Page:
"Listen to how John Piper and Wayne Grudem summarized this answer to this question. "When Paul says in I Timothy 2:12, ‘I do not permit a woman to teach or to have authority over a man; she must be silent,' we do not understand him to mean an absolute prohibition of all teaching by women. Paul instructs the older women to teach what is good, then they can train the younger women. And he commends the teaching that Eunice and Lois gave to her son and grandson. Proverbs praises the ideal wife because she speaks with wisdom and faithful instruction on her tongue. Paul endorses women prophesying in a church and says that men learn by such prophesying. And that members should teach and admonish one another with all wisdom as you sing songs, hymns, and spiritual songs. And then, of course, there is Priscilla at Aquilla's side correcting Apollos. It is arbitrary to think that Paul has in mind every form of teaching in I Timothy 2:12. Teaching and learning are in such broad terms that it is impossible that women not teach men and men not learn from women in some sense. There is a way that nature teaches and a fig tree teaches and suffering teaches and human behavior teaches. If Paul did not have every conceivable form of teaching and learning in mind, what did he mean? Along with the fact that the setting here is the church assembled for prayer and teaching, the best clue is by coupling teaching with having authority over men. We would say that the teaching inappropriate for a woman is the teaching of men in settings or ways that dishonor the calling of men to bear the primary responsibility for teaching in leadership. This primary responsibility is to be carried by the pastors or elders. Therefore, we think it is God's will that only men bear the responsibility for that office."

Also from CBMW:

Also, I see no need to go be­yond Scripture, which does not prohibit (permits but does not mandate) prayer or testimony by a woman in the con­gregation nor forbid her interaction on biblical truths in a private conversation with a man (as Pricilla and Aquila with Apollos in Acts 18:26).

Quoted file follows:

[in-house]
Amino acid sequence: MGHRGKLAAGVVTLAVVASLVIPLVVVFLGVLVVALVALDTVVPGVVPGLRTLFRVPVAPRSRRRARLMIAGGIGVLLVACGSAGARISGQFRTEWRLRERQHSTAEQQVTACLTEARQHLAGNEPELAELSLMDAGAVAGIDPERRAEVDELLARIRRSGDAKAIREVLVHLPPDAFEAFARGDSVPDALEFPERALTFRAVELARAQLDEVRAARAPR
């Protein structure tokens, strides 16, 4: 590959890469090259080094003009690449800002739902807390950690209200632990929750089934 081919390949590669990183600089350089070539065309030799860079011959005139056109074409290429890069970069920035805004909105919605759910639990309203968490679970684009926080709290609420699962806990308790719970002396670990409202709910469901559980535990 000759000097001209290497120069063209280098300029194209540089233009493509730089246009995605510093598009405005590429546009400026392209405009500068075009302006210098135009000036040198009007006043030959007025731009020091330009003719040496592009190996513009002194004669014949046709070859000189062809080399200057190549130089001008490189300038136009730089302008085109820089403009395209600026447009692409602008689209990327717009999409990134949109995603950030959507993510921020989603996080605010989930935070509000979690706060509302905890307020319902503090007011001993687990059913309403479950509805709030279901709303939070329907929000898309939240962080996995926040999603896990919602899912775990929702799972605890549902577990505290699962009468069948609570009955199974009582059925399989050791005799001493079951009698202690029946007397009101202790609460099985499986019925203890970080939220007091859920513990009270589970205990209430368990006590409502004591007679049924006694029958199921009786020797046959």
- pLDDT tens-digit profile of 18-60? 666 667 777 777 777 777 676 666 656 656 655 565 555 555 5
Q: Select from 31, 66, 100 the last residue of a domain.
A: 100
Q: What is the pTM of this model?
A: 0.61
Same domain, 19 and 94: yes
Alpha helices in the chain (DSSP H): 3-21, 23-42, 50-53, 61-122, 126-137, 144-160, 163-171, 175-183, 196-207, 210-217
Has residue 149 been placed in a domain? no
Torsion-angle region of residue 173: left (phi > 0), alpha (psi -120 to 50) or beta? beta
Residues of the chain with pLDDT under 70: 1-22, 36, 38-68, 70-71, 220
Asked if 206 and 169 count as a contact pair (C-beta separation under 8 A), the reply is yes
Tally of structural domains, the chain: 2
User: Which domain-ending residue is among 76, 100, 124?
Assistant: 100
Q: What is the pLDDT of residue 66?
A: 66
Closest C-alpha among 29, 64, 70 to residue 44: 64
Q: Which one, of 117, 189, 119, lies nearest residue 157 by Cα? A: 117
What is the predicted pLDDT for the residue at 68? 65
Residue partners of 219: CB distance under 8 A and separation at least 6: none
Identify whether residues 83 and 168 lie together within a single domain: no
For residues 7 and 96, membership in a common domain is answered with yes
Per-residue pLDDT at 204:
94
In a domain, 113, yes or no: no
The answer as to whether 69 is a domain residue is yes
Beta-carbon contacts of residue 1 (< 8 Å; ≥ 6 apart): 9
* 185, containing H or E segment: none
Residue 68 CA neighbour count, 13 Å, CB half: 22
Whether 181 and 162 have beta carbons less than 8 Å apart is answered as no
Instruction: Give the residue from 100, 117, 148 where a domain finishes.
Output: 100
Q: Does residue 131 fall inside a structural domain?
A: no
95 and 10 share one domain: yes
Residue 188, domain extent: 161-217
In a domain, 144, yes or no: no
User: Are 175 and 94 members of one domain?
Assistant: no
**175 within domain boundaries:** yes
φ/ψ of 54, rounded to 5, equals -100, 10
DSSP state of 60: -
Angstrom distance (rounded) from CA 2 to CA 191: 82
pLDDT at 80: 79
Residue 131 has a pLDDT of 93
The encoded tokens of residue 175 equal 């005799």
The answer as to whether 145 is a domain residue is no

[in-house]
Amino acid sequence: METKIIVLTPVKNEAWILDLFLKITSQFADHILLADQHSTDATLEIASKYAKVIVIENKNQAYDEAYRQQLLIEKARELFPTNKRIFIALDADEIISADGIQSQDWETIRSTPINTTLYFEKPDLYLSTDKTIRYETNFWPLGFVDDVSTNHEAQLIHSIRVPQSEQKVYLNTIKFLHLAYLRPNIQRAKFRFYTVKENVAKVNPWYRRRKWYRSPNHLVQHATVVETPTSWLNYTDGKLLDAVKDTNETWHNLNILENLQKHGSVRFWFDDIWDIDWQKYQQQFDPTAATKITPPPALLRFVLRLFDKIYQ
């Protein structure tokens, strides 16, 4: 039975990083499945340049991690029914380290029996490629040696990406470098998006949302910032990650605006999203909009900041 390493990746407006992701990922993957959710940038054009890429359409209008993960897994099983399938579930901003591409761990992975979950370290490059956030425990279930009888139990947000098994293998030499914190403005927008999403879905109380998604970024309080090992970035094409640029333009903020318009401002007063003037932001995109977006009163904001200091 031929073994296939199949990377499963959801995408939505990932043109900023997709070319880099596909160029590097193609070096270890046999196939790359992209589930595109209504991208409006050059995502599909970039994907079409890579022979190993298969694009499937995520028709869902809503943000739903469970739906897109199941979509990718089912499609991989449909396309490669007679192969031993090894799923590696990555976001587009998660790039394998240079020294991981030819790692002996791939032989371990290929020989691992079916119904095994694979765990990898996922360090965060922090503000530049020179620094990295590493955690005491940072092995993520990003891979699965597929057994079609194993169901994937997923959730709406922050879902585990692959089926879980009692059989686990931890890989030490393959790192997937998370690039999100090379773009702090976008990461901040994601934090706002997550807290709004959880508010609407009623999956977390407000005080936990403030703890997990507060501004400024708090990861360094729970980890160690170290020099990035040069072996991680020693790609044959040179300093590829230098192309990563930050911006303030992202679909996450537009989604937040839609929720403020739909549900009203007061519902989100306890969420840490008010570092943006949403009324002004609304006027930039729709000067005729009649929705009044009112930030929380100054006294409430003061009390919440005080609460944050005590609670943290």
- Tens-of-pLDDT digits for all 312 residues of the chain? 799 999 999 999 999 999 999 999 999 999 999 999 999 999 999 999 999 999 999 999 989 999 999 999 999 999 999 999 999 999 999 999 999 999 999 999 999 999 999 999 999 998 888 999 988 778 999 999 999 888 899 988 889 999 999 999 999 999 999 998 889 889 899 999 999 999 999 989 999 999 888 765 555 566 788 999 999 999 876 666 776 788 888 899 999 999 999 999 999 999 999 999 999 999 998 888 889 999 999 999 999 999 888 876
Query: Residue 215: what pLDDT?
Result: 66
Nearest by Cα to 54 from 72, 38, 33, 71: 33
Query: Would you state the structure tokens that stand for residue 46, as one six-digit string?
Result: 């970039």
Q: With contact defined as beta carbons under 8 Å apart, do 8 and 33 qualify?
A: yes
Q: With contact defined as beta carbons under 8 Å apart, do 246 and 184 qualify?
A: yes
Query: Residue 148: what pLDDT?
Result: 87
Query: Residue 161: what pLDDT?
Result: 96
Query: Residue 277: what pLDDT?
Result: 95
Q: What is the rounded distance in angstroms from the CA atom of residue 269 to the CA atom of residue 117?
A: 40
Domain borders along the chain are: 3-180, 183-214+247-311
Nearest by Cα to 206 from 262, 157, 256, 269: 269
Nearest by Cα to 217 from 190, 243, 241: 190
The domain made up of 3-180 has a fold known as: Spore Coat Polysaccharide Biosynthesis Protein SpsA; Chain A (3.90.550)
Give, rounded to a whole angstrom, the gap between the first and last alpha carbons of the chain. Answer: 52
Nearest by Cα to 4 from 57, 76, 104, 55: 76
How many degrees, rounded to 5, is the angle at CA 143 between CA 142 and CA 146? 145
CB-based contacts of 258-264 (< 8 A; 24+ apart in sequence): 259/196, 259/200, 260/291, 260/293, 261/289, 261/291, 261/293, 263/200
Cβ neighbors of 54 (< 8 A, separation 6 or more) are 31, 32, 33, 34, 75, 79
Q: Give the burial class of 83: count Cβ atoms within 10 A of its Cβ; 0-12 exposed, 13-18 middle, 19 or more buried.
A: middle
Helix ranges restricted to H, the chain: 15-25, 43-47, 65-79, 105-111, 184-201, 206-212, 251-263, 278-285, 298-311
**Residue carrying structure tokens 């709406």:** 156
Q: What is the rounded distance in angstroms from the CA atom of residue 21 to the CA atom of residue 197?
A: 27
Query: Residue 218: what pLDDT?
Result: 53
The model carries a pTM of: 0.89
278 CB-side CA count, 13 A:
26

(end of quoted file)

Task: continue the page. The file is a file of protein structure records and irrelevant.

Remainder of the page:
From another article by Wayne Grudem on CBMW:

Now regarding the question of women in the church, what actions should we put on this scale? On the left side of the scale we can put verses such as 1 Timothy 2:12, where Paul prohibits a woman from teaching or having authority over men. Since I think it is very evident from the context that Paul is talking about the assembled congregation in this passage (see 1 Tim. 2:8-10; 3:15), and he is giving principles that apply to the entire congregation (see 1 Tim. 3:1-16), I think that the left end of the scale prohibits women from teaching or having governing authority over the whole congregation.

What shall we put on the right end of the scale? Here we would put verses such as Acts 18:26, where, in a less formal setting apart from an assembled congregation, we find that Priscilla and Aquila were talking to Apollos, and "they took him and expounded to him the way of God more accurately." This situation is similar to a small group Bible study in which both men and women are participating and in that way "teaching" one another. Another verse that we can put on the right end of the scale is Titus 2:4 which tells the older women to "train the younger women to love their husbands and children..."